You’ve taken the pregnancy test, and it showed loud and clear that you are, indeed, pregnant.
First things first… CONGRATULATIONS! Should you choose to share the good news, that may be the next thing, along with delighting in the excitement of the joy to come.
The first trimester may present some of the more roller coaster effects that are typical of the pregnancy stereotypes: hormonal, emotional, sickness, fatigue, etc. But, despite the symptoms, what are we to actually do?
What to Expect in the First Trimester
The first trimester can be a whirlwind of emotion. If you have been trying to get pregnant, you may find yourself completely in love already; overwhelmed with joy of your hopes finally coming true, especially if you have been trying for some time. It’s easy to start daydreaming of genders, names, nurseries, and other fun baby subjects of the sort. If you were not trying to get pregnant, you may find that are not so happy with the news, and are overwhelmed with sadness or fright. Both ends of this spectrum of emotion are normal and okay to feel. You may even feel both.
Unfortunately, as we are all well aware, the first trimester also presents some unpleasant physical effects, such as morning sickness. Although each woman and pregnancy is different, morning sickness effects about 70-80% of women. Morning sickness, as it has been misleadingly termed over the years, can also occur any time of day during any point of pregnancy. That’s right–nausea and vomiting may last longer than just the first trimester, sometimes lasting the entire pregnancy, and may strike at any time. But, luckily, for the most part, morning sickness will only last from about 5 weeks of pregnancy to 14 weeks.
For most women, this means a longer bout of the inconvenient condition. However, some women may experience a distinct, severe case of morning sickness called Hyperemesis Gravidarum (HG) which can cause dehydration, and may lead to maternal or fetal harm. *If you suspect you may be suffering from HG, be sure to talk to your doctor ASAP so that treatment and prevention can be recommended. You can read and learn more about HG here.*
A lot of women also describe fatigue in the first trimester, and with good reason! Baby develops at incredible rates during the first few months, and your body is hard at work making sure he’s getting everything he needs, as well as supplying you with the energy you need. Just by week 6 alone, baby has already developed bones, and will start developing arms, legs, hands, feet, fingers, and toes by week 10. That’s a lot of work in a short amount of time. Be sure to drink lots of water, and get plenty of rest, as your body very much needs it!
Other common expectations during the first trimester include bouts of heartburn, breast growth and discomfort (so soon!), and some weight gain. Even though you may not feel up to it, try eating small meals through the day to keep your energy up, and drink water in consistent sips rather than gulps. Staying hydrated and having something on your stomach may help keep some nausea and heartburn at bay.
What to Do in the First Trimester
Before anything else, start taking some prenatal vitamins, and book your first prenatal appointment. Your first appointment with your OB-GYN will likely involve a series of tests, such as blood work, which will determine your blood type, Rh levels, and hCG levels. You’ll also likely have an initial ultrasound where your practitioner will find baby’s heartbeat, predict your due date, and hopefully print out a keepsake for you and your partner. He or she will also likely ask about your family history, your partner’s family history, and your own history to determine if there is a need for any other tests to be done. During this visit, you may also consider asking about genetic tests (such as the nuchal translucency screening, which tests for Downs syndrome and heart defects) that can be done.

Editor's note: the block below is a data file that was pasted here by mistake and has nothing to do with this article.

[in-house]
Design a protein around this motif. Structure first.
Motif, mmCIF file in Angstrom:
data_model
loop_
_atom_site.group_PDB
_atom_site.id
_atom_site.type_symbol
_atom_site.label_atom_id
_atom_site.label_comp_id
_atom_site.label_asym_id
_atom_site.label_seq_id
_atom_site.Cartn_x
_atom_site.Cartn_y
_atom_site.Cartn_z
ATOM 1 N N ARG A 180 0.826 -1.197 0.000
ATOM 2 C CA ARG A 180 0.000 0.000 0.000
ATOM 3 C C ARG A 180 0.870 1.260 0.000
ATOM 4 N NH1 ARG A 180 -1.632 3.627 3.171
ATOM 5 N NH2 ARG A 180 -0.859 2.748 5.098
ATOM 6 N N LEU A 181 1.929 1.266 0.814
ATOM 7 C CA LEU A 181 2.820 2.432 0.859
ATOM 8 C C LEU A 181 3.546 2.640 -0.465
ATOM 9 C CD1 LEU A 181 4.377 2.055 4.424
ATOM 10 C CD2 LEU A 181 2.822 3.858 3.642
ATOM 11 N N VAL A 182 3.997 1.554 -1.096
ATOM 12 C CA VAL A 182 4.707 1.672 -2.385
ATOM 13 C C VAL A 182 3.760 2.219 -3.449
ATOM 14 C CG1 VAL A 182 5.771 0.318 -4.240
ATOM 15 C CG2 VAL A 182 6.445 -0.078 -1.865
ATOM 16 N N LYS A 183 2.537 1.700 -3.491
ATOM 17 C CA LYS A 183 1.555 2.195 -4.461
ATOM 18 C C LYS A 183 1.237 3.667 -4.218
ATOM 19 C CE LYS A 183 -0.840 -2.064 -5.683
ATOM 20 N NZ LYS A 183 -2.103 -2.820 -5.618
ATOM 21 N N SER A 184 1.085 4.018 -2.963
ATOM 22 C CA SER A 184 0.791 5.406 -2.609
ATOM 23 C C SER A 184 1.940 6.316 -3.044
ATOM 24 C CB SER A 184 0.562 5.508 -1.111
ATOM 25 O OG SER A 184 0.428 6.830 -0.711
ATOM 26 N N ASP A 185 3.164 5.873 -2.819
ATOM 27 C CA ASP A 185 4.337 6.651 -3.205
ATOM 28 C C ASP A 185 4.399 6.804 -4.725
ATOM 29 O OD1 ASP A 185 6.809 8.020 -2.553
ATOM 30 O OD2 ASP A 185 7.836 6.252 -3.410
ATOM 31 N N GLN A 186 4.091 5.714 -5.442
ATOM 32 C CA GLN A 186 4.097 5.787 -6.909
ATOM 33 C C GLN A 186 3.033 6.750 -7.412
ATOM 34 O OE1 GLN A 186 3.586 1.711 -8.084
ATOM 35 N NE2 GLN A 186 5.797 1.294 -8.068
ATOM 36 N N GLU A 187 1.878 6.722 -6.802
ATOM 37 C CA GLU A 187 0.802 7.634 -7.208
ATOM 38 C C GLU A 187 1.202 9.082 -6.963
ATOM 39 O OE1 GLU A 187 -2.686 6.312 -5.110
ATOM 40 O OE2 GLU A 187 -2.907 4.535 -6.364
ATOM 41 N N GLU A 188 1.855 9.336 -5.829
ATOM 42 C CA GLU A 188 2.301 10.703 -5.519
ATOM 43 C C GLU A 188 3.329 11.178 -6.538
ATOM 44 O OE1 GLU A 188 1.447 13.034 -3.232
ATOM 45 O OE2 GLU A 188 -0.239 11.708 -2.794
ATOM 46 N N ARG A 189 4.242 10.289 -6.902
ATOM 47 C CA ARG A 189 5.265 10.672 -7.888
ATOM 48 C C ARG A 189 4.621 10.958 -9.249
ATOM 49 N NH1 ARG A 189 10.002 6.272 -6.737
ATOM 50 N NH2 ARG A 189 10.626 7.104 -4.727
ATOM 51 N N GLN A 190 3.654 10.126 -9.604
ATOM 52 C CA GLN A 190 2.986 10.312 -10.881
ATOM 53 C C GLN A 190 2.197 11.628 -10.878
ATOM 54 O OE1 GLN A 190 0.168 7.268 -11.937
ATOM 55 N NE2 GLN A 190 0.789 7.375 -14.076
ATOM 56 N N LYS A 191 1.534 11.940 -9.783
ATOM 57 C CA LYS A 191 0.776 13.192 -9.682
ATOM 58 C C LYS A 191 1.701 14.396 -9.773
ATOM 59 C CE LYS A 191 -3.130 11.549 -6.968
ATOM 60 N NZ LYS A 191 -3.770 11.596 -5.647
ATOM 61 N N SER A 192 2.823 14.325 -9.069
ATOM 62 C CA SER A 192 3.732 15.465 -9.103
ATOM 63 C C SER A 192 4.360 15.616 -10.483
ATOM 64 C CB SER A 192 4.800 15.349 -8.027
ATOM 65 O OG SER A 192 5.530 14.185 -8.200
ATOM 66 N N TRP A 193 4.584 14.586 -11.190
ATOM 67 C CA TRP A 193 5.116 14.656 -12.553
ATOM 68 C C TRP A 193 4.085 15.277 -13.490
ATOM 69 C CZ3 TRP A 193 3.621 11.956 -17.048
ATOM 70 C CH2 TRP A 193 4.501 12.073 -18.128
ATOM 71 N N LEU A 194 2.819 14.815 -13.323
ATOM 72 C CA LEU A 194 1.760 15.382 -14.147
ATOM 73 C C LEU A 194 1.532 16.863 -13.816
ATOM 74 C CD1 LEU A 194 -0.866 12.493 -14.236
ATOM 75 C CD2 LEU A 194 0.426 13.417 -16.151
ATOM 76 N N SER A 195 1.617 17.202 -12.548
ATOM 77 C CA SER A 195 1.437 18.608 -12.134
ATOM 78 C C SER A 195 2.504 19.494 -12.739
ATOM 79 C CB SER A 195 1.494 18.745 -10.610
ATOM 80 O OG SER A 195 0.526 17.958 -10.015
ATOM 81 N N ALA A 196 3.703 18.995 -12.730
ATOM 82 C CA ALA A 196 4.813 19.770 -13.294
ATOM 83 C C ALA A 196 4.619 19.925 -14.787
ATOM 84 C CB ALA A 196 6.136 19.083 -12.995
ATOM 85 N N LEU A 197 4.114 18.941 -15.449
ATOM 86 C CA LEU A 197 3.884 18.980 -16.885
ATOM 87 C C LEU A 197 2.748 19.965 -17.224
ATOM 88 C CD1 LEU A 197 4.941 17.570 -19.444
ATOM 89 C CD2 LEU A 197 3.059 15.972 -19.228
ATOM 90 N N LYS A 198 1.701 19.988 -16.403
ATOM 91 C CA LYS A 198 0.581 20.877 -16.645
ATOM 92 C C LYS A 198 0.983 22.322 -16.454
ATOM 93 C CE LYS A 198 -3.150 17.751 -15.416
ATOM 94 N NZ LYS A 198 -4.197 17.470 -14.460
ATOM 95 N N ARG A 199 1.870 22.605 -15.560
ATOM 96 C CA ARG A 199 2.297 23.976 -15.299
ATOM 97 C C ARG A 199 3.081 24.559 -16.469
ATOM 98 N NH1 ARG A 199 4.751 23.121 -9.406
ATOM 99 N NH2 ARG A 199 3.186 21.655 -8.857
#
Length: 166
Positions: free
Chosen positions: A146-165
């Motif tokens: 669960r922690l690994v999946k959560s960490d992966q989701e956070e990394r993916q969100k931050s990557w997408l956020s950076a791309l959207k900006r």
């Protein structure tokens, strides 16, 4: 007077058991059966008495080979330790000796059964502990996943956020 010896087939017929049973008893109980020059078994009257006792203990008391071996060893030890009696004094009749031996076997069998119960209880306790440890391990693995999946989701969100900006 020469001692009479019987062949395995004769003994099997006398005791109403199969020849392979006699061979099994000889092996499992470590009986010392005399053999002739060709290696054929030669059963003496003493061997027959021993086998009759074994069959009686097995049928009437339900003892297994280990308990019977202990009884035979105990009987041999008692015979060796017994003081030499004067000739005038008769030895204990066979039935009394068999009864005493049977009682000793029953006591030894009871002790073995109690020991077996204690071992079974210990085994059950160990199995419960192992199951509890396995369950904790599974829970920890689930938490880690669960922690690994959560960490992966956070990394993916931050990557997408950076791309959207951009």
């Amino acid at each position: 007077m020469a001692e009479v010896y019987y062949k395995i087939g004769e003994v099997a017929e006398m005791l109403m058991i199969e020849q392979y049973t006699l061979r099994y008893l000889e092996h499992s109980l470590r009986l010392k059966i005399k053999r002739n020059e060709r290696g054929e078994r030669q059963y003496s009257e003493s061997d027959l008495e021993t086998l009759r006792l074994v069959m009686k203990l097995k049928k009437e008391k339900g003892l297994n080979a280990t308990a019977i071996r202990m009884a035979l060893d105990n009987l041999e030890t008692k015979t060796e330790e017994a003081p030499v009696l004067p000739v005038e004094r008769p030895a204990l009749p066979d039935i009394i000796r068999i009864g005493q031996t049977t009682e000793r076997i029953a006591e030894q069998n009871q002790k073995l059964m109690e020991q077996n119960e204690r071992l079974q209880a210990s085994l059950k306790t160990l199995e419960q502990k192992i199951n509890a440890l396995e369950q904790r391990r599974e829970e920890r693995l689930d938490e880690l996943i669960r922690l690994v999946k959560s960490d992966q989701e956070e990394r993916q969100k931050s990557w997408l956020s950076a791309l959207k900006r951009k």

Budgeting is also a very important step in family planning, and it never hurts to start sooner than later. Reviewing your health insurance options can have a major impact on the cost of pregnancy and birth, and give you a much better idea of what costs to expect in the near future. It also gives you an idea of what you can spend on the fun stuff!
Start your research as soon as you can. Pregnancy, birth, and postpartum have been experienced for centuries, but that doesn’t mean there’s still lots to learn. The internet is a great source for information, but picking up a book or two (or three or four) has a lot of advantages and great information that can be accessed whenever your choose, without an internet connection. Your research affects the decisions that you and your partner make during your pregnancy, birth, and postpartum period, and it’s crucial that you are both able to make educated decisions.
Once you have a plan for the most important priorities, start having fun! Think about baby names, plan how you want to announce your pregnancy, decide who you will call first, and don’t forget to stay intimate with your partner (as you feel like it).
The first trimester does present its challenges, but it also presents the beginning of a wonderful change affecting your new or existing family. The first trimester will pass, and soon enough, you’ll be holding your sweet new bundle of joy in your arms.
Is there anything you would add to the list of first trimester to-do’s?